Leak detection is now a requirement for hazardous liquid pipelines - PHSMA
Federal regulators published a new set of rules on Friday, Recommendation GAO–12–388, dated March 22, 2012, to strengthen the safety of pipelines carrying hazardous liquids such as crude oil and the natural gas liquids that include the requirement for a leak detection system.
Operators of hazardous liquids pipelines across the U.S. must perform more frequent inspections, extend inspections outside so-called high-consequence areas, and install leak-detection systems on all pipelines. Hazardous liquids also include petroleum and its products, ethane, and anhydrous ammonia.
The measures include extending reporting requirements to gathering lines – those that connect well-heads to larger transmission lines – that are not currently regulated by PHMSA. The new rule strengthens the standards for the maintenance of ageing and high-risk infrastructure, increases the frequency and quality of tests, and extends leak-detection requirements, the agency said.
Leak-detection systems, currently required in HCAs only, will be required in all hazardous liquids pipelines, while all lines in those areas will be expected to be equipped with interior inspection equipment within 20 years.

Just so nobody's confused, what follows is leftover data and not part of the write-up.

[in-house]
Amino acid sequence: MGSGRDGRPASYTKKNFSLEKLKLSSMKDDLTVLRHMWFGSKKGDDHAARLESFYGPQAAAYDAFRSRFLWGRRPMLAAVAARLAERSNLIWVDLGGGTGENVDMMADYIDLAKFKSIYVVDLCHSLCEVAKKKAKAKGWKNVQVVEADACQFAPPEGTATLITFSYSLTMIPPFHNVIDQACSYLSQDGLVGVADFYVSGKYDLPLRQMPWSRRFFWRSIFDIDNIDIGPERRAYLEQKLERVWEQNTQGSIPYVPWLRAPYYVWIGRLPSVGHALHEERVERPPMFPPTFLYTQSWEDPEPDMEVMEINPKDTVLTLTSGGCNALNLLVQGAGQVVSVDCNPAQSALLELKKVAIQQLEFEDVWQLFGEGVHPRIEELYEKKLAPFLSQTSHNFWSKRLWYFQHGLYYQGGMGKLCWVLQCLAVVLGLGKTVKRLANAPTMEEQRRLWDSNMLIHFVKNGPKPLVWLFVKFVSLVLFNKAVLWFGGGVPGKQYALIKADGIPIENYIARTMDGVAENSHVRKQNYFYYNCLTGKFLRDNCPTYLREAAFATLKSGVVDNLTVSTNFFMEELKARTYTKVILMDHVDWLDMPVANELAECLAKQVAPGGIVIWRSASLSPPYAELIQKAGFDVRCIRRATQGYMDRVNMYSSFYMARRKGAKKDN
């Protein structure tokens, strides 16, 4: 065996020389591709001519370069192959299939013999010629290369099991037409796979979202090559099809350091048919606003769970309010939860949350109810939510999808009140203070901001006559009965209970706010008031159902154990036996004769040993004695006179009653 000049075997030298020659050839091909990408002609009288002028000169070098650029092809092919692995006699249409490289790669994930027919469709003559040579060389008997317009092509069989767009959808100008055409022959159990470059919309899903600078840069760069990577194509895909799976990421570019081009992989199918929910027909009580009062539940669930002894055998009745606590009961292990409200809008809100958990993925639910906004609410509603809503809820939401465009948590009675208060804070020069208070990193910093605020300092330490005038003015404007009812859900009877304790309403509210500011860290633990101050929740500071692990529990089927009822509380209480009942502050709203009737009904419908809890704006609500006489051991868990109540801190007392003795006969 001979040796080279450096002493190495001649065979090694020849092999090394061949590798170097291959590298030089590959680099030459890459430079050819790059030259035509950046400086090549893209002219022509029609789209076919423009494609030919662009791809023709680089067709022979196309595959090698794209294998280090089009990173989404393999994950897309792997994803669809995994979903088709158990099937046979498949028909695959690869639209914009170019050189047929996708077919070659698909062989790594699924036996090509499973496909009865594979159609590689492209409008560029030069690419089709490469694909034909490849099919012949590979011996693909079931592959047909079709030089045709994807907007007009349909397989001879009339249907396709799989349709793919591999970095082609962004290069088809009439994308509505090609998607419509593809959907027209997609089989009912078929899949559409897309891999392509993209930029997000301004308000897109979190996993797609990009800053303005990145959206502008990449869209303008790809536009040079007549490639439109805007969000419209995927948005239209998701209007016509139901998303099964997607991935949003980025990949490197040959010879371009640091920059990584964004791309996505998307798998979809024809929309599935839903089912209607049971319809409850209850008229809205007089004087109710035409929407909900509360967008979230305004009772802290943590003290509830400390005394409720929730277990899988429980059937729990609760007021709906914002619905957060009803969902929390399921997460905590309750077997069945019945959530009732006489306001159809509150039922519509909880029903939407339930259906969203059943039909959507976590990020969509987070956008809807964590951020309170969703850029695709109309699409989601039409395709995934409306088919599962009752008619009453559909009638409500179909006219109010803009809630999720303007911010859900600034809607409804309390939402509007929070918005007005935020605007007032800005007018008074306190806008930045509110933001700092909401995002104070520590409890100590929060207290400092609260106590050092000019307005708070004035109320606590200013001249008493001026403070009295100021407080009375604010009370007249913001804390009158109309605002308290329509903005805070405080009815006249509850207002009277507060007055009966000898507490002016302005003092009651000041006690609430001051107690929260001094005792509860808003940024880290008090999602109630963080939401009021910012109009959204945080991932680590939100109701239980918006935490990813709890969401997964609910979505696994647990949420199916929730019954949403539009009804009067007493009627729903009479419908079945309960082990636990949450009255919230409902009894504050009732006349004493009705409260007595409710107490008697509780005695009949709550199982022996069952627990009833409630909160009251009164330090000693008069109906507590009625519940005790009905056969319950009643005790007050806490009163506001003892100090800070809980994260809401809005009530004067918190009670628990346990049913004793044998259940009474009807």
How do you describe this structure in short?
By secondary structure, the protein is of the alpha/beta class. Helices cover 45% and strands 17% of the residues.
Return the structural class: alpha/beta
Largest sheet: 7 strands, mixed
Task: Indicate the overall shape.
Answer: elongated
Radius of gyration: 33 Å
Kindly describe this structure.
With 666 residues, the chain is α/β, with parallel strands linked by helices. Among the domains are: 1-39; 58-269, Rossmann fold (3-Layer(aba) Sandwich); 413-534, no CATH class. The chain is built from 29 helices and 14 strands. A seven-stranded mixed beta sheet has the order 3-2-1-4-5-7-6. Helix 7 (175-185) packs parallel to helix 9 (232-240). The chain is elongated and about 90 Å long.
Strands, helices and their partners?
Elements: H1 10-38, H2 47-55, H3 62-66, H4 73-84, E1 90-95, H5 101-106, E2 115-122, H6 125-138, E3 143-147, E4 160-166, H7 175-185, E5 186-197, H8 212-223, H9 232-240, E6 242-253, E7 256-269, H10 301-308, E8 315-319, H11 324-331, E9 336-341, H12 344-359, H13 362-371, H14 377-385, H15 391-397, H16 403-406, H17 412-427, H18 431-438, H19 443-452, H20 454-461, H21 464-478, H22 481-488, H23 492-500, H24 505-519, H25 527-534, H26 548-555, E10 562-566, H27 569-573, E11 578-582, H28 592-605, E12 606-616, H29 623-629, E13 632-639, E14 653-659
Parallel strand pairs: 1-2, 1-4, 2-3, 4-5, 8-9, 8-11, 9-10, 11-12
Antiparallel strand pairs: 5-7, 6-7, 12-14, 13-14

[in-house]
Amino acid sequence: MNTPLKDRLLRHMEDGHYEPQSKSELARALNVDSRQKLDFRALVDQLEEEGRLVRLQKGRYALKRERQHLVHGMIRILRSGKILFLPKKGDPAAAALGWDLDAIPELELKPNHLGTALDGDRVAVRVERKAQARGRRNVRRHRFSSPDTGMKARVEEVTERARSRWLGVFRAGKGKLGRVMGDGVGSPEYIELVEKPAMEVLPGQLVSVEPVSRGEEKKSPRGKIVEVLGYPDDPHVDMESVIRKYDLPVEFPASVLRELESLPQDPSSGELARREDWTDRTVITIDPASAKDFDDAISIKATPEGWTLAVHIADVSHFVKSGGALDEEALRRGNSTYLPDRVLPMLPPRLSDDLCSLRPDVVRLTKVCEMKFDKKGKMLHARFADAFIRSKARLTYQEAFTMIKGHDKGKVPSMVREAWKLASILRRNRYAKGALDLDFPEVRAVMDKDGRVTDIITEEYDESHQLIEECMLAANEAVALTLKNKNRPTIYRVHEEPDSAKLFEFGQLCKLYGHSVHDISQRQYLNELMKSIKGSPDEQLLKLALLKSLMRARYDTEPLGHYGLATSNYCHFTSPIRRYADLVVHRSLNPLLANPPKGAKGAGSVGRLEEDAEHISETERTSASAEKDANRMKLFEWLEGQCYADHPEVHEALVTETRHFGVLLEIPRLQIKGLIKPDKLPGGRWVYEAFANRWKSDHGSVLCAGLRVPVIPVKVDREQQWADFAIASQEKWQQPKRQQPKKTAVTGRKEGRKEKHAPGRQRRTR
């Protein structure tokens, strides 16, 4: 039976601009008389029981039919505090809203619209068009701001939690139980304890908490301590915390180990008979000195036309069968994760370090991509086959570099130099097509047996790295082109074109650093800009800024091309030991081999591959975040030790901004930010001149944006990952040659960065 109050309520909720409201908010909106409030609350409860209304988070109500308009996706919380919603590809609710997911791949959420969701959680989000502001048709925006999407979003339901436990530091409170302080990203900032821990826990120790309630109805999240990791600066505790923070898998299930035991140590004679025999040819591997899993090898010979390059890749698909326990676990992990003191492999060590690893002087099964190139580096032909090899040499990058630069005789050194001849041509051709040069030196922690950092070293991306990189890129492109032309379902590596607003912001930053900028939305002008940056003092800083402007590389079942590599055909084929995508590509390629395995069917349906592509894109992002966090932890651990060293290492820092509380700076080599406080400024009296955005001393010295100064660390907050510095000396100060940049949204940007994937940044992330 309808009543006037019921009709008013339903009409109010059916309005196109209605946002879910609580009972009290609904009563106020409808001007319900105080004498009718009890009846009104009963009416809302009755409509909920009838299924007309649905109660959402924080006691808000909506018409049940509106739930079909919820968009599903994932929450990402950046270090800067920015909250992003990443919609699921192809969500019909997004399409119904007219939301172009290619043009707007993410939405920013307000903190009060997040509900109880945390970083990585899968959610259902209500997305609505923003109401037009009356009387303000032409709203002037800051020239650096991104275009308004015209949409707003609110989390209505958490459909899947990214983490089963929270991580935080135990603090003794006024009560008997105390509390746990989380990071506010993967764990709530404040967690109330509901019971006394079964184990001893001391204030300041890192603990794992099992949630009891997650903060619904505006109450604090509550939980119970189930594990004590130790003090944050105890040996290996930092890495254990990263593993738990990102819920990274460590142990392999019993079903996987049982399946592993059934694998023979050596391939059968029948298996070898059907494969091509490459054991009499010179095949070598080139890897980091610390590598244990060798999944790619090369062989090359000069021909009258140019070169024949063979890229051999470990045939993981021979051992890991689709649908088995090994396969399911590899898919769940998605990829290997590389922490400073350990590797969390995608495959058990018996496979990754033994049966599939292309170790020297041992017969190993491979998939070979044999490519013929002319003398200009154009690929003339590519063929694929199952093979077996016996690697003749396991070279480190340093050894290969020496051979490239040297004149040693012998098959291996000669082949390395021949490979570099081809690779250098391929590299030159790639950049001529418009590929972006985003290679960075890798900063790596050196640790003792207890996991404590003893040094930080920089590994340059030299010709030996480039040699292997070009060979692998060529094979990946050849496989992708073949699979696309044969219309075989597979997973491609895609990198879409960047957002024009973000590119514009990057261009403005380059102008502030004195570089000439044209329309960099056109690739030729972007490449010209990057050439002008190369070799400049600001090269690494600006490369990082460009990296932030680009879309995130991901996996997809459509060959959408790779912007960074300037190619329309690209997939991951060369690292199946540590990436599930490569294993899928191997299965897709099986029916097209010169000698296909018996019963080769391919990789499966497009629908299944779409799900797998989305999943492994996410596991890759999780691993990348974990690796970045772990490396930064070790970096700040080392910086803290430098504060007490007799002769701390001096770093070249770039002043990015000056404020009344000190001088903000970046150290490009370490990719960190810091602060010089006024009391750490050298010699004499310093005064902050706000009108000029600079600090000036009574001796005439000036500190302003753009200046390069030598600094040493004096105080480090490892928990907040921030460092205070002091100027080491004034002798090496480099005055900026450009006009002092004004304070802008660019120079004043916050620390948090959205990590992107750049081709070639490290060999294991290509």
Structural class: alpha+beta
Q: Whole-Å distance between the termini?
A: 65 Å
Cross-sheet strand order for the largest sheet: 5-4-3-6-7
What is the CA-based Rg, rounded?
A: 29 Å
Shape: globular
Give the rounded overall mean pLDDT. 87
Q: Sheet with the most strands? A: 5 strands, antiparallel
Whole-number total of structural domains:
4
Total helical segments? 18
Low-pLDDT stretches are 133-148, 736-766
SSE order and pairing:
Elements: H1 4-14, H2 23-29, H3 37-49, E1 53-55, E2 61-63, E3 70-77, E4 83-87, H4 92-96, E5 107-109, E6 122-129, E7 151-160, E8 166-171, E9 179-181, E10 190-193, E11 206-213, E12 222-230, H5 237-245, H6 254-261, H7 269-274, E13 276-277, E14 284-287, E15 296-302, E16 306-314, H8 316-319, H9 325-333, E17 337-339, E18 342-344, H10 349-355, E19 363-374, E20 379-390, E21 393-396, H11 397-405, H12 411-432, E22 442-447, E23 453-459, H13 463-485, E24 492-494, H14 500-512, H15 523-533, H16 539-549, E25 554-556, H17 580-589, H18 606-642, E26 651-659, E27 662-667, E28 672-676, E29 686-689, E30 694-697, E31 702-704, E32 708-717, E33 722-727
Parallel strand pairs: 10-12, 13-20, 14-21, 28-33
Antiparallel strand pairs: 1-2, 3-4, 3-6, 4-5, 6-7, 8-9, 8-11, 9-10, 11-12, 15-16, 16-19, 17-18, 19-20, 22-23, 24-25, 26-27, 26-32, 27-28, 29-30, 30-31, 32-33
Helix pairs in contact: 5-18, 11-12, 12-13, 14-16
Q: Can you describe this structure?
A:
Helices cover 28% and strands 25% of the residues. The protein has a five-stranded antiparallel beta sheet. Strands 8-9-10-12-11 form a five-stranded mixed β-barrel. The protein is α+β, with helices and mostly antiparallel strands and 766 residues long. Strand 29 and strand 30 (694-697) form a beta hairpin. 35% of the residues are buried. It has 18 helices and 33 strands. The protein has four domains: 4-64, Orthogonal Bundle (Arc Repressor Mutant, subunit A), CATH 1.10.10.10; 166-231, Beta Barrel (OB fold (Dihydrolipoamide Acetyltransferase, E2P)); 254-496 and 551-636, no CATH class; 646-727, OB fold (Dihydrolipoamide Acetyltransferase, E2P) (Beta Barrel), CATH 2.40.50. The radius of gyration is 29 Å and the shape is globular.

The rules will require pipeline operators to conduct “integrity assessments” on lines outside high-consequence areas (HCAs) at least once every 10 years, in addition to the current requirement to do such inspections for lines inside those areas once every five years.
The rule should be published in the federal register by end of next week. For new pipelines constructed after the publication date of this rule, the operator will have 1 year from the date of publication to install a leak detection system; for existing pipelines, the operator has 5 years to install a leak detection system from the date of publication.
The oil industry’s main trade group, the American Petroleum Institute, said the rules would require operators to attach the same priority to all areas, whether they were classified as high-consequence or not, and that could result in lowering overall safety standards.
PHMSA estimated that as many as 471 pipeline operators will incur costs to comply with the rule, and that the annual cost of compliance with all the new requirements will be $17.6 million across the industry.
Sources: Stateimpact, World Pipeline